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Friday, June 15, 2007

Nutrients to help protect us from the sun

I have long believed that good nutrition is an important aspect in helping to protect the skin from sun damage. But that's probably because I believe that good nutrition improves every aspect of how our body's function! Think about it - if we are not eating healthily, then the mechanisms we have in our skin to protect us from sun damage might not be working efficiently because they will not have the materials they need to function properly.

The recent BBC series 'The Truth About Food' featured a lady who was particularly prone to sunburn. She took part in an experiment to find out whether lycopene (an antioxidant found in tomatoes) would help protect her skin from sunburn. She ate 55g of concentrated tomato paste every day for 12 weeks. Her skin was tested for its capacity to burn before and after the 12 weeks. At the end of the 12 weeks, her skin showed a 30% increase in skin protection, which is a very significant increase. She was delighted and could already notice the benefits of being able to sit in the sun without burning straight away.

I've seen another piece of research recently. This time, a nutrient called lutein was shown to help protect the skin from premature ageing caused by exposure to the sun. Lutein is a yellow pigment found naturally in vegetables and fruits where it helps to protect the green chlorophyll against damaging ultraviolet light.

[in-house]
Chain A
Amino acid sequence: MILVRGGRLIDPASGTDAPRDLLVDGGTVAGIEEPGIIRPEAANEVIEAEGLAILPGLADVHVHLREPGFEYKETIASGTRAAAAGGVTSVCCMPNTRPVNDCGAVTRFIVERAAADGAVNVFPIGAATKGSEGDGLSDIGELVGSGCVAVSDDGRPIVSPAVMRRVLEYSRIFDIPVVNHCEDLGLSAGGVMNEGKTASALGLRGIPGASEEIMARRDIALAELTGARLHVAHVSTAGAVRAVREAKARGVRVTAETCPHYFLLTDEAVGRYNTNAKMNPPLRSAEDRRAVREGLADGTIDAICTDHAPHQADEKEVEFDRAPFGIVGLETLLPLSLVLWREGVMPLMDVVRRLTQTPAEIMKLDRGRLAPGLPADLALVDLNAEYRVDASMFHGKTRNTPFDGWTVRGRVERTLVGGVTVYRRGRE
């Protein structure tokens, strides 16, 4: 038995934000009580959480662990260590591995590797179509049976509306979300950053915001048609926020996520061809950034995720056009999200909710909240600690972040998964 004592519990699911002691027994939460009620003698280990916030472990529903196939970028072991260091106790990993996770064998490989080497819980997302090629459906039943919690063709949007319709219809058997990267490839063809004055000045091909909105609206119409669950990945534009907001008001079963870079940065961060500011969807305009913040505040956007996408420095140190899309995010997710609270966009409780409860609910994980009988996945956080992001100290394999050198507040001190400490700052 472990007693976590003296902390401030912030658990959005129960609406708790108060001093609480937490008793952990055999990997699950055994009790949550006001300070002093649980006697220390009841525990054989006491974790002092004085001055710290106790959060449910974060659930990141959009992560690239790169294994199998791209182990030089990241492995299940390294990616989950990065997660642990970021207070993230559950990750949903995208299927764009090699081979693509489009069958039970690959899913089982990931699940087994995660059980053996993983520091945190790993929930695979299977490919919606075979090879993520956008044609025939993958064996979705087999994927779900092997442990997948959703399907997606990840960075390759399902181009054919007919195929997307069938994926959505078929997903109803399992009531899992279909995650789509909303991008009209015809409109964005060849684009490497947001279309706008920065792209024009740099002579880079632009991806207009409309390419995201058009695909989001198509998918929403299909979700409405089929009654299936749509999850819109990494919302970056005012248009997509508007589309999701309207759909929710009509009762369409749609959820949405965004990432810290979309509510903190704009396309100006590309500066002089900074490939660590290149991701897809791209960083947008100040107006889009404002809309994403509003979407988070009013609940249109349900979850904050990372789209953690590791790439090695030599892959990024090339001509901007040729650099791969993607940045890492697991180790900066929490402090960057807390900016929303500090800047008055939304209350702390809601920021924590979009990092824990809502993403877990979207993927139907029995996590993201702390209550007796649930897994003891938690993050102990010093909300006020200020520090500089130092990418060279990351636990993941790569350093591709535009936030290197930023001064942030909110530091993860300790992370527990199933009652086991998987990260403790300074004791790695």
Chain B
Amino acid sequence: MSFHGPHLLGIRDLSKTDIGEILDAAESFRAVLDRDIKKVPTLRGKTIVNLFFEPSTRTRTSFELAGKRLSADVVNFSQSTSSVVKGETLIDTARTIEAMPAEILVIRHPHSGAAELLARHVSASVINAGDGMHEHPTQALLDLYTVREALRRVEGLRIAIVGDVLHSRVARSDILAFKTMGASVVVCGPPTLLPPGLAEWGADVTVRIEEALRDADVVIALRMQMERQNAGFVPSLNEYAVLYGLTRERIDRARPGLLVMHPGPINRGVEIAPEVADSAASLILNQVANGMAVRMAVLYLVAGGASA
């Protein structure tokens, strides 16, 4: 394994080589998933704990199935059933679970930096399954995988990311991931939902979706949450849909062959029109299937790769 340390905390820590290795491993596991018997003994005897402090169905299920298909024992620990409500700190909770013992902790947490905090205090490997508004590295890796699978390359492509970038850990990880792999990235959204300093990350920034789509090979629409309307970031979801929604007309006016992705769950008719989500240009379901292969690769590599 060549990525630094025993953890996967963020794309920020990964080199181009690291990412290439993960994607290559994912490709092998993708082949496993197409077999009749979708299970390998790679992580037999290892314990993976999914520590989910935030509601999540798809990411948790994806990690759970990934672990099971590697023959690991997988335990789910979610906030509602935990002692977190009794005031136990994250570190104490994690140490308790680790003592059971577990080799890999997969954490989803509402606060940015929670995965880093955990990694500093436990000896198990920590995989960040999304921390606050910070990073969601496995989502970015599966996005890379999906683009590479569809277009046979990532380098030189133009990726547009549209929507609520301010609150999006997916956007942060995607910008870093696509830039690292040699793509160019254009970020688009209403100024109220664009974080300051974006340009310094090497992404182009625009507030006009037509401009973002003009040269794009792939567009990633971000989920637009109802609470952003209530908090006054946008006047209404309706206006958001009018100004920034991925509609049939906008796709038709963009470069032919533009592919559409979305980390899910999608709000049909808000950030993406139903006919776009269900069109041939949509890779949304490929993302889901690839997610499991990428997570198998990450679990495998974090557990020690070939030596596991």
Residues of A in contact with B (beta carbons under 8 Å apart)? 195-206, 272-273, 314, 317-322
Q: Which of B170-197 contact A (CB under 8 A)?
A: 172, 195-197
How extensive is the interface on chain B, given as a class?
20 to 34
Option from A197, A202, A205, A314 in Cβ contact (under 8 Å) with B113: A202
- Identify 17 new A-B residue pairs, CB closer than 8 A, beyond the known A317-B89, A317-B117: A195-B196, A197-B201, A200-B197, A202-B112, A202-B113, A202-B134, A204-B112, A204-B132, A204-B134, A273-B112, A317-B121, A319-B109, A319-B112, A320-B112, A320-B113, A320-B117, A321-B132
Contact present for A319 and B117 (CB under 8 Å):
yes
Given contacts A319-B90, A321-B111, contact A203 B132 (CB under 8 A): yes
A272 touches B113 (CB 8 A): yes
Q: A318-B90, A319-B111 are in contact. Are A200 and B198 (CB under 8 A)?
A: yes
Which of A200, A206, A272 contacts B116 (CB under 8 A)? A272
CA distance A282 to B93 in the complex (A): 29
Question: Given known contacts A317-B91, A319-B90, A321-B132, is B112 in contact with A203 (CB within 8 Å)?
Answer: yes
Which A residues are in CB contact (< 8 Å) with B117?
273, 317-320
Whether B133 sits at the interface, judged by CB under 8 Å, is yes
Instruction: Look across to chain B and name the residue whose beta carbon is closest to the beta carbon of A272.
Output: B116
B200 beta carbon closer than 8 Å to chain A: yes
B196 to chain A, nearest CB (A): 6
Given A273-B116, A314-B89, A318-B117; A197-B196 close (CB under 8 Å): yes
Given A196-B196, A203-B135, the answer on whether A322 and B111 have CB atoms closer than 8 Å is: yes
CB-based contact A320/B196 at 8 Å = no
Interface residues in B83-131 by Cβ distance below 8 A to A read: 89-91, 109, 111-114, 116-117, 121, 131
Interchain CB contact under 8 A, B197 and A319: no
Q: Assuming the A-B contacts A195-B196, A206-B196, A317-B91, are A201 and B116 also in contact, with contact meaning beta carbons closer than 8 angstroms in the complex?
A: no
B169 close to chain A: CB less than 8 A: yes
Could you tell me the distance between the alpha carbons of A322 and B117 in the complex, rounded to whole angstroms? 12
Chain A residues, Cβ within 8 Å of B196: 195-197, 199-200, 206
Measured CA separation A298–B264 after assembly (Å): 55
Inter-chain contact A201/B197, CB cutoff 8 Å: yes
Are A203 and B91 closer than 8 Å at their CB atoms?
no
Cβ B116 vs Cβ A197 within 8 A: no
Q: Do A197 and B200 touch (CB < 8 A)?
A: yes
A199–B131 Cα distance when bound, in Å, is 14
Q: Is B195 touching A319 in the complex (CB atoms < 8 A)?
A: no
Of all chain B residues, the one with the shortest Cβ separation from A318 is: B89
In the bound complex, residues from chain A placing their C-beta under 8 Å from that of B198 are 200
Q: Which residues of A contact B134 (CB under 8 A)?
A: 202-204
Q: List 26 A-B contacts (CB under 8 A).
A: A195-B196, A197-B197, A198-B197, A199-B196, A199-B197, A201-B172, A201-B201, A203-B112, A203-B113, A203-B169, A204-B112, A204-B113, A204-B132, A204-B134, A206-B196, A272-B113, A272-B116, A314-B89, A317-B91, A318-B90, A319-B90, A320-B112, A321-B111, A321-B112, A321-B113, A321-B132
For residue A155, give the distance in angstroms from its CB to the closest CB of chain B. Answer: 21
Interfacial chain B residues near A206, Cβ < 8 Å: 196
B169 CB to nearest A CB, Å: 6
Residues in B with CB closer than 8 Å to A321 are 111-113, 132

Researchers at Naples university conducted a study on 120 women aged between 25 and 50 over 12 weeks. Some took a supplement of lutein, others a supplement of lutein plus a cream containing lutein, while others used placebos.
It was found that the skin of those taking the lutein supplement multiplied its photo-protective activity by 25 times.
The research was carried out using a supplement containing 10mg of lutein extracted from marigold flowers known as FloraGLO. If you want to maximise the lutein content of your diet through food alone, then it helps if you like your greens. A 100g serving each of spinach and watercress will give you 10mg of this yellow pigment, as will a large red pepper or 200g of romaine lettuce. Just 50g of kale will also do the trick.

This research suggests that eating more lutein-rich foods may help your anti-ageing plan, although alcohol hinders absorption of this pigment.



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